Us too – AT&T announces fiber plans

Posted by Dan Whisenhunt April 21, 2014
Logo from the AT&T Facebook page.

Logo from the AT&T Facebook page.

In February, Google caused a stir in Atlanta by announcing it is considering expanding its fiber optics service to cities in the metro area.

AT&T says it plans to offer a fiber optics service, too.

On April 21 the company announced plans to expand its “ultra-fast fiber network” to 100 cities nationwide. And wouldn’t you know it? Some of the same cities Google is talking to are the same ones on AT&T’s list.

The cities in the Atlanta area include Alpharetta, Atlanta, Decatur, Duluth, Lawrenceville, Lithonia, McDonough, Marietta, Newnan, Norcross, and Woodstock.

According to the company’s press release, “The fiber network will deliver AT&T U-verse® with GigaPowerSM service, which can deliver broadband speeds up to 1 Gigabit per second and AT&T’s most advanced TV services, to consumers and businesses.”

The company’s press release says AT&T will begin working with interested cities in a way that’s similar to Google’s efforts to explore whether Atlanta is a viable option for its fiber service.

“AT&T will work with local leaders in these markets to discuss ways to bring the service to their communities,” the company said in its press release. “Similar to previously announced metro area selections in Austin and Dallas and advanced discussions in Raleigh-Durham and Winston-Salem, communities that have suitable network facilities, and show the strongest investment cases based on anticipated demand and the most receptive policies will influence these future selections and coverage maps within selected areas. This initiative continues AT&T’s ongoing commitment to economic development in these communities, bringing jobs, advanced technologies and infrastructure.”

About Dan Whisenhunt

Dan Whisenhunt is editor and publisher of

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  • UncleNine

    It seems lots of people (including reporters) are being fooled that “Gigabit” speed means anything for a home user. Ten to fifteen MEGABITS is plenty of speed to deliver multiple HD video streams and surf the web at the same time. Plenty.

    It’s METERED BILLING that the monopoly cable systems and telephone companies are hotly after–which is total price gouging. Multiple credible studies have shown this. Internet service is NOT like groceries or gasoline–it doesn’t cost the supplier incrementally more, the more you use. You are paying $480 to $720 a year to cover their cost of wires and cheap commodity hardware. They already make huge profits from it. The trouble is, monopolists don’t invest a penny they absolutely don’t have to–except in billing systems. And they create artificial scarcity so they can justify new fees and higher pricing. (It’s what I would do if I was in charge, wouldn’t you?)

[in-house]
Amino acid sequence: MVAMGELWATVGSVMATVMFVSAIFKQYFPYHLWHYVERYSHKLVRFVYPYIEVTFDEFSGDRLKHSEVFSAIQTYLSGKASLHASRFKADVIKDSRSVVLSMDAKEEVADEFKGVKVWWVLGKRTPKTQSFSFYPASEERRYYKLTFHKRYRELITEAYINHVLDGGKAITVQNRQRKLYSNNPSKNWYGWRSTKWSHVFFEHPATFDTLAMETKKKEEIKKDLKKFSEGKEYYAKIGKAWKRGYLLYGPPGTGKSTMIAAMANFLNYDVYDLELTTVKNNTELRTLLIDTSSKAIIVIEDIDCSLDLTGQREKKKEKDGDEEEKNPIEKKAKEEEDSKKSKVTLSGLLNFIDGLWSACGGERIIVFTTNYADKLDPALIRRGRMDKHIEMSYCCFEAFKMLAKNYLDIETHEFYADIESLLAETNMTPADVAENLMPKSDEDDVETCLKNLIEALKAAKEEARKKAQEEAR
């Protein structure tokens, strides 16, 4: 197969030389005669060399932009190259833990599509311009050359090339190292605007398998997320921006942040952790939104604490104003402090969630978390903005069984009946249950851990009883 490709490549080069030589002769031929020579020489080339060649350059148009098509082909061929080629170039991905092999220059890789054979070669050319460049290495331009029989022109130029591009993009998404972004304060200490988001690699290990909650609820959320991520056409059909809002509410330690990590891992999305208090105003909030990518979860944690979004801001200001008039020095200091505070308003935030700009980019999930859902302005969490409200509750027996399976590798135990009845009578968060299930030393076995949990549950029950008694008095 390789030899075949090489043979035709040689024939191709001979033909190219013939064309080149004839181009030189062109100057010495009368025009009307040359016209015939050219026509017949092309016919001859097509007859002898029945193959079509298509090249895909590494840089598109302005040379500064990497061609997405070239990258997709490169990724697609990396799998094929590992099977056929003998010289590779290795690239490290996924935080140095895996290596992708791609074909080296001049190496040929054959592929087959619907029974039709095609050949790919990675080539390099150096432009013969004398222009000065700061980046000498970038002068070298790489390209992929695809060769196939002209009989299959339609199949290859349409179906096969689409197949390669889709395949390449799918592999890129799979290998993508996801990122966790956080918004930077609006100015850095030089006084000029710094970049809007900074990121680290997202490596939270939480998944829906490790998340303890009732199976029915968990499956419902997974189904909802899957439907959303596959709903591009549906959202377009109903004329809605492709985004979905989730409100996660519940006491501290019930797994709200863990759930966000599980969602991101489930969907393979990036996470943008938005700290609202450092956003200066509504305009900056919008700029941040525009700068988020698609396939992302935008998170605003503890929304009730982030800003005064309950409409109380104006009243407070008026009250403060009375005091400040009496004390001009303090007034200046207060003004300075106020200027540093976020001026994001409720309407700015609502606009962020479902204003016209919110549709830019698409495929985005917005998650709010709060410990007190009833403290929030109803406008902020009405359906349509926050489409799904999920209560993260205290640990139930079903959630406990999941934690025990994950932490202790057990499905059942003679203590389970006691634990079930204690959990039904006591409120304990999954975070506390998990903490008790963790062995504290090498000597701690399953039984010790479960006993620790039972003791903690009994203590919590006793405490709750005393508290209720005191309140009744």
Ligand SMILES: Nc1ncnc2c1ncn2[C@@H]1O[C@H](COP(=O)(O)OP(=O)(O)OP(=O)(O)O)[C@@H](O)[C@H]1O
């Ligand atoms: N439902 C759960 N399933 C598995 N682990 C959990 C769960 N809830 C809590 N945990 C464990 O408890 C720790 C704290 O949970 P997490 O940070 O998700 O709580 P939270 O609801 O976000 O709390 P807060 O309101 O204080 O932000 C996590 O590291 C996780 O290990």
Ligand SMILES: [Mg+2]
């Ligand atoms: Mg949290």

“Gigabit” speed does nothing for you if you have to turn off the internet on the 12th of every month because you can’t afford the “Gigabytes.”

    • Jon

      you neatly illustrate the profit model of gigabit speeds(only 128 MBps) most users don’t have a need, but some really can utilize it, the future Comcast knows and wishes you didn’t is one where you only buy the channels you want(from whoever you want) and everyone in the family watches on whatever screen they want, whenever they want. while still leaving plenty for downloading and working and phones and whatever other services internet companies offer.

    • Eric Strunz

      Some home users may not benefit from the increased speed, but there are certainly many that could. Ten to fifteen megabits is usually enough for a highly compressed HD video stream (like regular Netflix HD, Amazon Prime). But as a reference, Blu Rays typically have data rates around 20-30 Mbps. More bandwidth allows for better quality (less compression) and higher resolutions (e.g., 4K or “quad HD”).

      Plus, fiber services allow for much faster upload speeds for regular consumers. If you upload family videos to YouTube or try to share big photos with friends, those faster upload speeds can be amazingly helpful.

      Further, Google Fiber has proven to be capable of disrupting the marketplace, lowering prices of competing services. Dan notes this in another article. Competition in this sector seems to be good for consumers.

      I think you make a great point about metered billing, but you only need to look at Comcast to see that transition already taking place. Data caps, overage charges, and other related practices are already happening. I believe one of the only ways to reverse that trend is through increased competition. Hopefully Google Fiber can provide exactly that to Atlanta.

  • agamemnus

    1) “We too”, not “Us too”.
    2) More competition is always good…

  • It is definitely the age of the fiber boom. It’ll be interesting to see where this leads and how it affects the consumer.

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